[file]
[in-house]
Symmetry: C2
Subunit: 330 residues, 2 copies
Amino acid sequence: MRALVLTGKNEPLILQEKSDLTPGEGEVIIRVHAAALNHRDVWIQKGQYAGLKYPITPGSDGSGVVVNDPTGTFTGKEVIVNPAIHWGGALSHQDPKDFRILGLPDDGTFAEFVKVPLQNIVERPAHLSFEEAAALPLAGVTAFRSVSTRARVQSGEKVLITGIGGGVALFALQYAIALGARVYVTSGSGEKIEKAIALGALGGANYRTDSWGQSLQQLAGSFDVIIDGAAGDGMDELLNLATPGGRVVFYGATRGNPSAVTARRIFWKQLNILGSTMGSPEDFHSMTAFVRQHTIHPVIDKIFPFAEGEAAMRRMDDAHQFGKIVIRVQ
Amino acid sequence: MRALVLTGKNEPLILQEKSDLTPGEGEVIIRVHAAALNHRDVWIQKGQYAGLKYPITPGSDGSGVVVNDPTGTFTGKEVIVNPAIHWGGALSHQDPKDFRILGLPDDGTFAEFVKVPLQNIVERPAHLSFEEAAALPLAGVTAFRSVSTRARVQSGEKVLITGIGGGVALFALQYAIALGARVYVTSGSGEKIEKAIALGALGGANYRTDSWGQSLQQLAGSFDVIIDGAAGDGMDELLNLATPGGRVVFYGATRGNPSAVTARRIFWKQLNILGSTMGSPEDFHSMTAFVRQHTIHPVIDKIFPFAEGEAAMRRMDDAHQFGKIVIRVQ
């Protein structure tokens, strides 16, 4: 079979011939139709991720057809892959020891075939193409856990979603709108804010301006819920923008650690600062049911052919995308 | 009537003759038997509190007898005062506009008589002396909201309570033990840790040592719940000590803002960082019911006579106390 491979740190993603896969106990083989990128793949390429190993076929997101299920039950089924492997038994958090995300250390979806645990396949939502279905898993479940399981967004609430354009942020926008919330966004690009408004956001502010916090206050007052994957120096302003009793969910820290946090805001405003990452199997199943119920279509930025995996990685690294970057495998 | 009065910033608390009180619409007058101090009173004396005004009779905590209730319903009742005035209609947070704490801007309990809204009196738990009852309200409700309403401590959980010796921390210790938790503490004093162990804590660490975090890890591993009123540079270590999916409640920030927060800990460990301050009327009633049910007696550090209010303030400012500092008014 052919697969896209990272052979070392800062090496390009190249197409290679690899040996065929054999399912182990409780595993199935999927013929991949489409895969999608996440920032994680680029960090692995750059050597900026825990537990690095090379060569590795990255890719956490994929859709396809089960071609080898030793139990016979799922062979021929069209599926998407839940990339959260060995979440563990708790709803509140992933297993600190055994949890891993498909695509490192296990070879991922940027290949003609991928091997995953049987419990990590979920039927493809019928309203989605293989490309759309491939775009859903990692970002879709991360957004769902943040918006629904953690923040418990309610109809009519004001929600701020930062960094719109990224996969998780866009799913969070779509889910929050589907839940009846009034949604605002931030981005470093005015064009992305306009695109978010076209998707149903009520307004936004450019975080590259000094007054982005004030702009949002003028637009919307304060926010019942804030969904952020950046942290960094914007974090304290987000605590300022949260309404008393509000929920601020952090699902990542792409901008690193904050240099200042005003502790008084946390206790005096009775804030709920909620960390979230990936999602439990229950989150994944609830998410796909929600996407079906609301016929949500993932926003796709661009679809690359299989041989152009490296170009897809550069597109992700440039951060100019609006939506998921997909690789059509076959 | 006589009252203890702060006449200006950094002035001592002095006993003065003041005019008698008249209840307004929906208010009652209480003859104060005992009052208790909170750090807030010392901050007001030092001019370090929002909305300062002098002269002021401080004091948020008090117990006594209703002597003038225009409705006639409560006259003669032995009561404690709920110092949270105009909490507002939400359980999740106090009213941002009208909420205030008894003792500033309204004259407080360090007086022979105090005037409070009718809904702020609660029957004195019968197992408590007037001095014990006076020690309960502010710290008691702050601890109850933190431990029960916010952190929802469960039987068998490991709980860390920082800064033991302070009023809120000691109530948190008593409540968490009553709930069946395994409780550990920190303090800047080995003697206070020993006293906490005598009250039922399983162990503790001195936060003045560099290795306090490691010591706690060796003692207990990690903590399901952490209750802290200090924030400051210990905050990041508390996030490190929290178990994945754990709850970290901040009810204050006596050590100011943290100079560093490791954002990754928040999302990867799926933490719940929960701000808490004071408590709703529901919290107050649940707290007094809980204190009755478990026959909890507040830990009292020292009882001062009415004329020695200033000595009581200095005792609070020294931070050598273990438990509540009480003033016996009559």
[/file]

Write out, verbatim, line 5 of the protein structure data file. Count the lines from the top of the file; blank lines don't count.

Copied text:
Amino acid sequence: MRALVLTGKNEPLILQEKSDLTPGEGEVIIRVHAAALNHRDVWIQKGQYAGLKYPITPGSDGSGVVVNDPTGTFTGKEVIVNPAIHWGGALSHQDPKDFRILGLPDDGTFAEFVKVPLQNIVERPAHLSFEEAAALPLAGVTAFRSVSTRARVQSGEKVLITGIGGGVALFALQYAIALGARVYVTSGSGEKIEKAIALGALGGANYRTDSWGQSLQQLAGSFDVIIDGAAGDGMDELLNLATPGGRVVFYGATRGNPSAVTARRIFWKQLNILGSTMGSPEDFHSMTAFVRQHTIHPVIDKIFPFAEGEAAMRRMDDAHQFGKIVIRVQ